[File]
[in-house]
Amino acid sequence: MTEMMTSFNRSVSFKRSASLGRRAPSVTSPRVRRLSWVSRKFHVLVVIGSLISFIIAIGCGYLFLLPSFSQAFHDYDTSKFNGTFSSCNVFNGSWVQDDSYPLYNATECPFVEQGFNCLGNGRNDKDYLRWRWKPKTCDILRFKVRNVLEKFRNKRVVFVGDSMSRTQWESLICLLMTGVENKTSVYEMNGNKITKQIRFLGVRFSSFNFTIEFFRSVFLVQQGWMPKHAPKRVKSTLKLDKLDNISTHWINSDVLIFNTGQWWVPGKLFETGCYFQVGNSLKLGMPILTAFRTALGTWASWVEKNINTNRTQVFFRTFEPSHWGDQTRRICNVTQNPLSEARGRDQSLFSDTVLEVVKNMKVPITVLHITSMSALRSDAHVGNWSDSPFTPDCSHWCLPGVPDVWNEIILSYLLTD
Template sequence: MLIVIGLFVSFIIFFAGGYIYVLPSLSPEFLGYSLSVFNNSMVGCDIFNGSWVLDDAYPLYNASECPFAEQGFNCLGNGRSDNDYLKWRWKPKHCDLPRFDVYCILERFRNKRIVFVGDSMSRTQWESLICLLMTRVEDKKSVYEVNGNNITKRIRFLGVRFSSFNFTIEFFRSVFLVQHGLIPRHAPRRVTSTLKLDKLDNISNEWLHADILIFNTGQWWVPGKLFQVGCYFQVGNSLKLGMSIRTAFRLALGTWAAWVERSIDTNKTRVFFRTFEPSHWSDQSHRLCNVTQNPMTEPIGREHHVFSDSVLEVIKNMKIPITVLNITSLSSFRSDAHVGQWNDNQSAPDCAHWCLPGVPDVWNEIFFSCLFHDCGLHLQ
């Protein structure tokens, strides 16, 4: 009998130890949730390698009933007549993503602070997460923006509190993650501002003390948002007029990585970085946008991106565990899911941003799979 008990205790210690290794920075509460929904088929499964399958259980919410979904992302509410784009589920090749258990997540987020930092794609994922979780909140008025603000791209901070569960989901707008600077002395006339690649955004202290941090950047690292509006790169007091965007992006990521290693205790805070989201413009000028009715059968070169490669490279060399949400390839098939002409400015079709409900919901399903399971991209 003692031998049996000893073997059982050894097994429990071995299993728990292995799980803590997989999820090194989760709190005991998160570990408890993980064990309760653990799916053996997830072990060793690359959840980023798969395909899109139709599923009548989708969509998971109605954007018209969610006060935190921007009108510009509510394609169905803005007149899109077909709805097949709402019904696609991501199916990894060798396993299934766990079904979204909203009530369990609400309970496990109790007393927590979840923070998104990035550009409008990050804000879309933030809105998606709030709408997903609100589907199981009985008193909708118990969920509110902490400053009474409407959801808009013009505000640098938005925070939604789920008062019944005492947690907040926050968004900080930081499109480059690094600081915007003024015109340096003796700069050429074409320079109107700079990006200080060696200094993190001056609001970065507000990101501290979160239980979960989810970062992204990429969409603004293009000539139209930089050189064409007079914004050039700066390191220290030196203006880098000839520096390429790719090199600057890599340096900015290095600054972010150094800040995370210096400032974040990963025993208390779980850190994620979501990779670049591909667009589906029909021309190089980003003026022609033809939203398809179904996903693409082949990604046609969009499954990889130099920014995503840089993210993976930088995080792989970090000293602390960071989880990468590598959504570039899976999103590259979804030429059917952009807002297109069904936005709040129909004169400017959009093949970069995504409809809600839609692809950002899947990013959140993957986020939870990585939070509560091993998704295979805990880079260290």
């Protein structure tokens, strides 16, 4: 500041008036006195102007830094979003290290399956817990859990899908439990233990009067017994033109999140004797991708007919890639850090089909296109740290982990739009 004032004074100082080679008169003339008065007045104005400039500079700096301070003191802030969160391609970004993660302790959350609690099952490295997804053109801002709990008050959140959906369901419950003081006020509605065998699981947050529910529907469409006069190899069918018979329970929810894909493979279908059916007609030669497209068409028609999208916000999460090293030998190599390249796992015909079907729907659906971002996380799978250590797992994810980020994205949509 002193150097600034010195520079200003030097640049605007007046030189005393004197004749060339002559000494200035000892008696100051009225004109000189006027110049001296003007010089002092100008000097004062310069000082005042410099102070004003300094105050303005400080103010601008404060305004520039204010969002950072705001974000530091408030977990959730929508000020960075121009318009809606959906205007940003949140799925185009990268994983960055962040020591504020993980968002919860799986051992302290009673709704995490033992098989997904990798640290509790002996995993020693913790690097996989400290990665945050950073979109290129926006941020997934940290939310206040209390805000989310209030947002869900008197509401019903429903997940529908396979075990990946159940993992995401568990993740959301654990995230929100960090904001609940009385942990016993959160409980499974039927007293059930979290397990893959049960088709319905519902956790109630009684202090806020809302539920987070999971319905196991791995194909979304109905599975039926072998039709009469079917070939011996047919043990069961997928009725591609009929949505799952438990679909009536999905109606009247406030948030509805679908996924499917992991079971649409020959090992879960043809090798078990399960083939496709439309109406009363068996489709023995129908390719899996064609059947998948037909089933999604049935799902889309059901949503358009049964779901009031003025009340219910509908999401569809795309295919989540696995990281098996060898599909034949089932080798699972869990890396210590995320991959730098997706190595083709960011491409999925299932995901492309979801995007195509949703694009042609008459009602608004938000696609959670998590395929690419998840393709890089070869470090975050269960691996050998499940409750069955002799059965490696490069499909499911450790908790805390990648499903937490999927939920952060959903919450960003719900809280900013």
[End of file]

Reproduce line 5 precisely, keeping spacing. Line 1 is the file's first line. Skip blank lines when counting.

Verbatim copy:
């Protein structure tokens, strides 16, 4: 500041008036006195102007830094979003290290399956817990859990899908439990233990009067017994033109999140004797991708007919890639850090089909296109740290982990739009 004032004074100082080679008169003339008065007045104005400039500079700096301070003191802030969160391609970004993660302790959350609690099952490295997804053109801002709990008050959140959906369901419950003081006020509605065998699981947050529910529907469409006069190899069918018979329970929810894909493979279908059916007609030669497209068409028609999208916000999460090293030998190599390249796992015909079907729907659906971002996380799978250590797992994810980020994205949509 002193150097600034010195520079200003030097640049605007007046030189005393004197004749060339002559000494200035000892008696100051009225004109000189006027110049001296003007010089002092100008000097004062310069000082005042410099102070004003300094105050303005400080103010601008404060305004520039204010969002950072705001974000530091408030977990959730929508000020960075121009318009809606959906205007940003949140799925185009990268994983960055962040020591504020993980968002919860799986051992302290009673709704995490033992098989997904990798640290509790002996995993020693913790690097996989400290990665945050950073979109290129926006941020997934940290939310206040209390805000989310209030947002869900008197509401019903429903997940529908396979075990990946159940993992995401568990993740959301654990995230929100960090904001609940009385942990016993959160409980499974039927007293059930979290397990893959049960088709319905519902956790109630009684202090806020809302539920987070999971319905196991791995194909979304109905599975039926072998039709009469079917070939011996047919043990069961997928009725591609009929949505799952438990679909009536999905109606009247406030948030509805679908996924499917992991079971649409020959090992879960043809090798078990399960083939496709439309109406009363068996489709023995129908390719899996064609059947998948037909089933999604049935799902889309059901949503358009049964779901009031003025009340219910509908999401569809795309295919989540696995990281098996060898599909034949089932080798699972869990890396210590995320991959730098997706190595083709960011491409999925299932995901492309979801995007195509949703694009042609008459009602608004938000696609959670998590395929690419998840393709890089070869470090975050269960691996050998499940409750069955002799059965490696490069499909499911450790908790805390990648499903937490999927939920952060959903919450960003719900809280900013």